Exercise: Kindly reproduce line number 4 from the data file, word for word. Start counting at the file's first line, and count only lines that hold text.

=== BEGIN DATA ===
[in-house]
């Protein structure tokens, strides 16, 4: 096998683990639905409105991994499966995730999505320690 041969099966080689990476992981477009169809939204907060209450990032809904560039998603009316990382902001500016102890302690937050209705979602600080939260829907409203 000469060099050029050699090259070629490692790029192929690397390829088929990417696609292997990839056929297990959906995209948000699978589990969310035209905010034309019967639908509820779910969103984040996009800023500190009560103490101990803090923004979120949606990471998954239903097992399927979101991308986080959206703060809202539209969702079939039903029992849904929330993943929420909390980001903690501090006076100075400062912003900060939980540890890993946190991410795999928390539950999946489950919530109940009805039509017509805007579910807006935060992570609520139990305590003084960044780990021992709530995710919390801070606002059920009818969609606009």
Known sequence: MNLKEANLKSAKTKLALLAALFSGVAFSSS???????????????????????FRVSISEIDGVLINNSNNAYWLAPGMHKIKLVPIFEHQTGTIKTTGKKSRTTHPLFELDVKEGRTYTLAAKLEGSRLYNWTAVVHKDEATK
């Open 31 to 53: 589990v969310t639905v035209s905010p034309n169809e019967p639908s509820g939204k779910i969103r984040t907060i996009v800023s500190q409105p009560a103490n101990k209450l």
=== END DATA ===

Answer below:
């Open 31 to 53: 589990v969310t639905v035209s905010p034309n169809e019967p639908s509820g939204k779910i969103r984040t907060i996009v800023s500190q409105p009560a103490n101990k209450l």